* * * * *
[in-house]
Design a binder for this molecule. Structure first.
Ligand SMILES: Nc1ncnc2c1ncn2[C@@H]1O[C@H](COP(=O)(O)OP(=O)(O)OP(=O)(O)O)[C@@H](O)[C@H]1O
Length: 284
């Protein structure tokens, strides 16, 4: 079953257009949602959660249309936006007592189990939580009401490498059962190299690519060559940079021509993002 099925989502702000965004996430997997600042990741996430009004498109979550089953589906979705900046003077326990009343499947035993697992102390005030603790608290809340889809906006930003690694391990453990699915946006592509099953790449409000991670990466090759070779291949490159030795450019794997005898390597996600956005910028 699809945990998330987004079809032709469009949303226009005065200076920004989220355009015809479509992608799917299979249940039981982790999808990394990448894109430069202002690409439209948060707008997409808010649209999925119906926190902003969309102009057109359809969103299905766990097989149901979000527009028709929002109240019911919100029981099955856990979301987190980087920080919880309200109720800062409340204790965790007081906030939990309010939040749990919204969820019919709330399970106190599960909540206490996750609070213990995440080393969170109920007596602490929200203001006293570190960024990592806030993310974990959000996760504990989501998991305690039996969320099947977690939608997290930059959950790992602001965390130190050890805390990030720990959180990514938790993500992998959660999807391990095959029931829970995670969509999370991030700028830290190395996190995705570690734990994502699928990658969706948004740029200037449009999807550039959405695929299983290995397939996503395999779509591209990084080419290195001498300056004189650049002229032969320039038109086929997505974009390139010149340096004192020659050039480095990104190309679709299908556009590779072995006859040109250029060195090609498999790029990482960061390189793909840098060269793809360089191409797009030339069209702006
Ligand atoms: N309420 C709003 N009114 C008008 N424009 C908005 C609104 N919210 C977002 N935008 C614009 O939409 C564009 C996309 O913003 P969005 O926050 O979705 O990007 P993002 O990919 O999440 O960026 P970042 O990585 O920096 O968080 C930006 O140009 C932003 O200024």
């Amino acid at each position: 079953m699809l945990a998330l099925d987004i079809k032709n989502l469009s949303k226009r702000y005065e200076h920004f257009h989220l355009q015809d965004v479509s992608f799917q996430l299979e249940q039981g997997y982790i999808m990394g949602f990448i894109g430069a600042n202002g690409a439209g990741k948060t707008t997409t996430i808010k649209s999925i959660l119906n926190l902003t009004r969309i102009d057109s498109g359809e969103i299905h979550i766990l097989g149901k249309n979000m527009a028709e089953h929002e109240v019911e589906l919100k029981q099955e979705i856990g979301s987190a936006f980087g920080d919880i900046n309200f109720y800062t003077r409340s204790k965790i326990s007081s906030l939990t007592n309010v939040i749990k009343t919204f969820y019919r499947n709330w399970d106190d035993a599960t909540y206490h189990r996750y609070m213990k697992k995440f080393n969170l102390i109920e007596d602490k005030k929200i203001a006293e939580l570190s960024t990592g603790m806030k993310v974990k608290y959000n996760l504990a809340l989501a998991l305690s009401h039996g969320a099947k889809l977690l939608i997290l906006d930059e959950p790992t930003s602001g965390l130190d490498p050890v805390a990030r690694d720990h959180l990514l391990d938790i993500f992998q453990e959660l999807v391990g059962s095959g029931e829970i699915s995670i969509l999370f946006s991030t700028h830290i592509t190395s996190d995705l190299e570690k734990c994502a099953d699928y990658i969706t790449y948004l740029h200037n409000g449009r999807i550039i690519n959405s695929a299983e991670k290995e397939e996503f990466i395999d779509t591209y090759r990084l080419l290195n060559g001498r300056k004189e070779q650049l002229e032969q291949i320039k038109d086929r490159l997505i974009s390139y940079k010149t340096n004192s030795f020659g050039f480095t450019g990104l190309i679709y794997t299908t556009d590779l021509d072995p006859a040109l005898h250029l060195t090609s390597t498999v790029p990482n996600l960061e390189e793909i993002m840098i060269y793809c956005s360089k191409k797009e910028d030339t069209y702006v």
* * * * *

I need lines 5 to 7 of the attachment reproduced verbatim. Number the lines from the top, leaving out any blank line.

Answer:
């Protein structure tokens, strides 16, 4: 079953257009949602959660249309936006007592189990939580009401490498059962190299690519060559940079021509993002 099925989502702000965004996430997997600042990741996430009004498109979550089953589906979705900046003077326990009343499947035993697992102390005030603790608290809340889809906006930003690694391990453990699915946006592509099953790449409000991670990466090759070779291949490159030795450019794997005898390597996600956005910028 699809945990998330987004079809032709469009949303226009005065200076920004989220355009015809479509992608799917299979249940039981982790999808990394990448894109430069202002690409439209948060707008997409808010649209999925119906926190902003969309102009057109359809969103299905766990097989149901979000527009028709929002109240019911919100029981099955856990979301987190980087920080919880309200109720800062409340204790965790007081906030939990309010939040749990919204969820019919709330399970106190599960909540206490996750609070213990995440080393969170109920007596602490929200203001006293570190960024990592806030993310974990959000996760504990989501998991305690039996969320099947977690939608997290930059959950790992602001965390130190050890805390990030720990959180990514938790993500992998959660999807391990095959029931829970995670969509999370991030700028830290190395996190995705570690734990994502699928990658969706948004740029200037449009999807550039959405695929299983290995397939996503395999779509591209990084080419290195001498300056004189650049002229032969320039038109086929997505974009390139010149340096004192020659050039480095990104190309679709299908556009590779072995006859040109250029060195090609498999790029990482960061390189793909840098060269793809360089191409797009030339069209702006
Ligand atoms: N309420 C709003 N009114 C008008 N424009 C908005 C609104 N919210 C977002 N935008 C614009 O939409 C564009 C996309 O913003 P969005 O926050 O979705 O990007 P993002 O990919 O999440 O960026 P970042 O990585 O920096 O968080 C930006 O140009 C932003 O200024």
């Amino acid at each position: 079953m699809l945990a998330l099925d987004i079809k032709n989502l469009s949303k226009r702000y005065e200076h920004f257009h989220l355009q015809d965004v479509s992608f799917q996430l299979e249940q039981g997997y982790i999808m990394g949602f990448i894109g430069a600042n202002g690409a439209g990741k948060t707008t997409t996430i808010k649209s999925i959660l119906n926190l902003t009004r969309i102009d057109s498109g359809e969103i299905h979550i766990l097989g149901k249309n979000m527009a028709e089953h929002e109240v019911e589906l919100k029981q099955e979705i856990g979301s987190a936006f980087g920080d919880i900046n309200f109720y800062t003077r409340s204790k965790i326990s007081s906030l939990t007592n309010v939040i749990k009343t919204f969820y019919r499947n709330w399970d106190d035993a599960t909540y206490h189990r996750y609070m213990k697992k995440f080393n969170l102390i109920e007596d602490k005030k929200i203001a006293e939580l570190s960024t990592g603790m806030k993310v974990k608290y959000n996760l504990a809340l989501a998991l305690s009401h039996g969320a099947k889809l977690l939608i997290l906006d930059e959950p790992t930003s602001g965390l130190d490498p050890v805390a990030r690694d720990h959180l990514l391990d938790i993500f992998q453990e959660l999807v391990g059962s095959g029931e829970i699915s995670i969509l999370f946006s991030t700028h830290i592509t190395s996190d995705l190299e570690k734990c994502a099953d699928y990658i969706t790449y948004l740029h200037n409000g449009r999807i550039i690519n959405s695929a299983e991670k290995e397939e996503f990466i395999d779509t591209y090759r990084l080419l290195n060559g001498r300056k004189e070779q650049l002229e032969q291949i320039k038109d086929r490159l997505i974009s390139y940079k010149t340096n004192s030795f020659g050039f480095t450019g990104l190309i679709y794997t299908t556009d590779l021509d072995p006859a040109l005898h250029l060195t090609s390597t498999v790029p990482n996600l960061e390189e793909i993002m840098i060269y793809c956005s360089k191409k797009e910028d030339t069209y702006v």